JEFFERSON CITY — Missouri House members advanced legislation Thursday that seeks to replenish an insolvent fund for disabled workers while also preventing people who experience job-related illnesses from filing civil lawsuits.
Both elements are designed to address consequences from a 2005 overhaul to Missouri's workers' compensation system, which resolves claims of job-related injuries through an administrative process instead of lawsuits in circuit court.
The state House approved this year's legislation by a 109-51 vote after the Senate passed a different version earlier this year. Ultimately, lawmakers must approve an identical bill and have until May 17 to pass new legislation before their mandatory adjournment. Senators have requested a formal negotiation with the House, and Senate President Pro Tem Tom Dempsey, R-St. Charles, said he is encouraged about the prospects of reaching an agreement.
Back in 2005, Missouri capped at 3 percent a surcharge that employers pay on their workers' compensation insurance premiums for the state's Second Injury Fund. Partly as a result of that cap, the Second Injury Fund now has a shortfall. The fund was created 70 years ago and compensates disabled workers who experience additional job-related injuries.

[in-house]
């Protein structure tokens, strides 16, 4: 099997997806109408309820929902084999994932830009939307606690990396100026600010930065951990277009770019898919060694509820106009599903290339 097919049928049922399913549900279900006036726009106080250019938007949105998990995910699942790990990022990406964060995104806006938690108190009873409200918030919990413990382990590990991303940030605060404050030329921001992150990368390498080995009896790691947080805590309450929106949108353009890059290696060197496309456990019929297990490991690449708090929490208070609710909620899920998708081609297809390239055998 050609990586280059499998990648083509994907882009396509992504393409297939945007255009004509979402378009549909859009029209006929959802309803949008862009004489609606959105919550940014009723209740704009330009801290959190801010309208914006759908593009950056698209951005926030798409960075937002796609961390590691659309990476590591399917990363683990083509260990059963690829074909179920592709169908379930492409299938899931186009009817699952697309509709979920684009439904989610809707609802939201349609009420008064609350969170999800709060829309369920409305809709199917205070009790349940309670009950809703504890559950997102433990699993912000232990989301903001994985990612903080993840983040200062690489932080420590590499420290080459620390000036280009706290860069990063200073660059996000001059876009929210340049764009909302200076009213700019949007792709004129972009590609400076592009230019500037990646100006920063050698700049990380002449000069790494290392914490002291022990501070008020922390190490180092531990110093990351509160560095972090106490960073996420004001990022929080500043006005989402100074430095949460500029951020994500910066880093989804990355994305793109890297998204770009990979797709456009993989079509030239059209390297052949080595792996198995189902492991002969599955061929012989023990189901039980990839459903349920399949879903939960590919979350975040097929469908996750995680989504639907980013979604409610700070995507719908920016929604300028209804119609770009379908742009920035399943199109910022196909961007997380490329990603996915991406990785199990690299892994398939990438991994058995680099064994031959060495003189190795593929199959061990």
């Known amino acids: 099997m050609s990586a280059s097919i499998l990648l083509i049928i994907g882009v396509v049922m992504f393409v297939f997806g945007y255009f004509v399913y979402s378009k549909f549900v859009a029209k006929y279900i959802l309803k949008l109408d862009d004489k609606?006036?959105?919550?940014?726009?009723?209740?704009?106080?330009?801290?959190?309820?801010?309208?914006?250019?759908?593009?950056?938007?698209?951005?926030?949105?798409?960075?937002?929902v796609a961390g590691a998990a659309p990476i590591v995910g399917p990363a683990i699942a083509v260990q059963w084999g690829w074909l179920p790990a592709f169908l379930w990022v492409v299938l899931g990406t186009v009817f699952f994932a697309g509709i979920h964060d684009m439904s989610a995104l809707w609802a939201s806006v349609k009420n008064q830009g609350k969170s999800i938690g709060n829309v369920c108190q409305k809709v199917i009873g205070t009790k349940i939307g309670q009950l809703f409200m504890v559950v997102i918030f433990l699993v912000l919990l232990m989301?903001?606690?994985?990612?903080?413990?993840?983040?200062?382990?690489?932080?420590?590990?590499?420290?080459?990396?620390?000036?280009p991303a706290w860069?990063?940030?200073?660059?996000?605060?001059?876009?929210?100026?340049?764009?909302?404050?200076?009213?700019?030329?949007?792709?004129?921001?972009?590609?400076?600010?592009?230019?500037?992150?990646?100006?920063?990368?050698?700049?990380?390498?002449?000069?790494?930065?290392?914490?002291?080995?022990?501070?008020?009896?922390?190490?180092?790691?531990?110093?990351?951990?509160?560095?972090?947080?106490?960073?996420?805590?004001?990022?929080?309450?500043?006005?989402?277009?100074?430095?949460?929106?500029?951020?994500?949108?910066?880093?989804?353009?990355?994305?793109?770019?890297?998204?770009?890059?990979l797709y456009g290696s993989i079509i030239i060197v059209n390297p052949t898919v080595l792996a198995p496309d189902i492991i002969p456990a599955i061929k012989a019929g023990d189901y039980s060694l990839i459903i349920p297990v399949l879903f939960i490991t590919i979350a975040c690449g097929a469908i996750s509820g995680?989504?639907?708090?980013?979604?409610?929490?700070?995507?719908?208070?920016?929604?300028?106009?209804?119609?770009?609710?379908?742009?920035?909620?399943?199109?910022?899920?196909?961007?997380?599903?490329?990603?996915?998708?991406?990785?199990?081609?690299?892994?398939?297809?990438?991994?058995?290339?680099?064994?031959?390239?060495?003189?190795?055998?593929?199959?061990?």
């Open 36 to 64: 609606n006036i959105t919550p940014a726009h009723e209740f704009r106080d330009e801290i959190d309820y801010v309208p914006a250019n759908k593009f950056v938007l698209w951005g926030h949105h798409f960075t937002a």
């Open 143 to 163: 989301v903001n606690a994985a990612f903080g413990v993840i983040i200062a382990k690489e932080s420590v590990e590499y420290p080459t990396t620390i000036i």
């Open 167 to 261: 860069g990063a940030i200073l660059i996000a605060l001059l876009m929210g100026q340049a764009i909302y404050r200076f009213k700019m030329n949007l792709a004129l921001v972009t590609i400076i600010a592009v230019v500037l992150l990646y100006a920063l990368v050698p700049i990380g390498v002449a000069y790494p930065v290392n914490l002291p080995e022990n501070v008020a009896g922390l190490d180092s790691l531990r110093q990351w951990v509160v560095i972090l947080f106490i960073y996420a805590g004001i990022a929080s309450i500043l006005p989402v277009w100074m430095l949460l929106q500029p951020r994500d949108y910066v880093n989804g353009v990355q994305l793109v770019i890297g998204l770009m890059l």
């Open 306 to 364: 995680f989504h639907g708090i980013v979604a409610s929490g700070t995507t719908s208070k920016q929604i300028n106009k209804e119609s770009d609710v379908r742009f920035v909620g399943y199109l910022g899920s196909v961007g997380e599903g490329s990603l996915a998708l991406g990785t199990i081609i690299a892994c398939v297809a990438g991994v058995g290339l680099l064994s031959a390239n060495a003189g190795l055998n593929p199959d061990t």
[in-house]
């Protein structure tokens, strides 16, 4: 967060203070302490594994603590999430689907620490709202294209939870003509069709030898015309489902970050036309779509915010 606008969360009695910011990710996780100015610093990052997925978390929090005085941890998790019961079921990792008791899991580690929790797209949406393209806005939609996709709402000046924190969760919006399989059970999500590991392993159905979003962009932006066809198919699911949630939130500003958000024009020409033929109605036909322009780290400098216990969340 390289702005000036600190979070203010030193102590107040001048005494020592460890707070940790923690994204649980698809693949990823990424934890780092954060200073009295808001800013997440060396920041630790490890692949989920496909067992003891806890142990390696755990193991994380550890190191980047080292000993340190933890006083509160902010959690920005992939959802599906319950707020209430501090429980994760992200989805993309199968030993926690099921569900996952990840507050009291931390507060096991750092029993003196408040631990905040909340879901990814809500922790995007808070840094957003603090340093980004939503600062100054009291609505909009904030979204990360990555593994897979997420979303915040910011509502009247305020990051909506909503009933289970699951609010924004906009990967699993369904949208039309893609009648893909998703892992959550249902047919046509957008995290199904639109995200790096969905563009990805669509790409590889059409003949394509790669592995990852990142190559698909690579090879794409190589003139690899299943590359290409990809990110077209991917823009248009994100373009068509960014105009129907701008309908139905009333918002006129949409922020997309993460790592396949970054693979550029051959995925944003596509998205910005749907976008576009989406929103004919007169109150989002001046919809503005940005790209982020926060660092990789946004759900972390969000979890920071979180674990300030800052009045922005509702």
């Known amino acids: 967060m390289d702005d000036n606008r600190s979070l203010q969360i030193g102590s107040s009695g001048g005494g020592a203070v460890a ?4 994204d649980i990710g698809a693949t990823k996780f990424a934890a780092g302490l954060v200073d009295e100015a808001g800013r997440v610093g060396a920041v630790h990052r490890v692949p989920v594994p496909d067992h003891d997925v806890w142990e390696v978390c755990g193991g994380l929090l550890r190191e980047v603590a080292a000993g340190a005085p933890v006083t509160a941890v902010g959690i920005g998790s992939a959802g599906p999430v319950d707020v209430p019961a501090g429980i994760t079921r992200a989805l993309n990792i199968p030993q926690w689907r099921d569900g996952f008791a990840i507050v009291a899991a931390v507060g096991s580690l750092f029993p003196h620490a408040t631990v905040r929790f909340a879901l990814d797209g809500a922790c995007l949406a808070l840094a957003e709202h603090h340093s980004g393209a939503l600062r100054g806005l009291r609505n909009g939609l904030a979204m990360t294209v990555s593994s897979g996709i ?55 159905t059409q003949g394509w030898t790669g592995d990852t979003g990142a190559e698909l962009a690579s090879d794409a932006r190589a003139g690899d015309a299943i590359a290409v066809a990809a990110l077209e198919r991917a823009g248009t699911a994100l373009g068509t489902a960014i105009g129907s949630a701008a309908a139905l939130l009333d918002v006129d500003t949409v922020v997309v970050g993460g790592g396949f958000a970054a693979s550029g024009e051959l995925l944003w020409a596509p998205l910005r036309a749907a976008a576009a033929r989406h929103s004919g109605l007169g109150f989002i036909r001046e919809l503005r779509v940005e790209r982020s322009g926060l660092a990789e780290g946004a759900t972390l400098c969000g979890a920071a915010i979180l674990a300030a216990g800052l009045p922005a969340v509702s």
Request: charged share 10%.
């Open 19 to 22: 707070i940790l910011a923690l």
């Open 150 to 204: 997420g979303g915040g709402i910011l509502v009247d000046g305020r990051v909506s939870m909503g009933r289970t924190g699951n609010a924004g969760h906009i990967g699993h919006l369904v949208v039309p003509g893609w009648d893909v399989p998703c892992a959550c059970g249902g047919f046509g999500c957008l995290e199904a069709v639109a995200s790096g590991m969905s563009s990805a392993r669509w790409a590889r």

Under the measure approved Thursday by the House, the total charge employers pay could go to as high as 6 percent each year from 2014 through 2020. The legislation also seeks to control the cost of the fund by limiting future coverage to people who are permanently and totally disabled.
"It's not going to resolve it overnight, but over time, this solution will resolve the Second Injury Fund and hopefully put the crisis to rest," said sponsoring Rep. Todd Richardson, R-Poplar Bluff.
Legislators have discussed the Second Injury Fund for years. Most recently, state Auditor Tom Schweich released a report in January that showed the fund had a balance of $3.2 million at the end of 2012 with unpaid obligations of $28.1 million.
In addition to dealing with the Second Injury Fund, the legislation also addresses the handling of claims of workers who have occupational diseases. The 2005 law made it harder for employees to prove an injury was work-related and required that its provisions be strictly interpreted. Since then, judges have ruled that occupational diseases no longer are covered under the definition of an "accident" and are not required to be handled through workers' compensation.
Business organizations have raised concerns that employers could end up facing lawsuits over work-related illnesses. The House legislation clarifies that occupational diseases are to be covered through the workers' compensation system. Workers whose disease stems from exposure to a toxin while on-the-job would be entitled to a guaranteed benefit.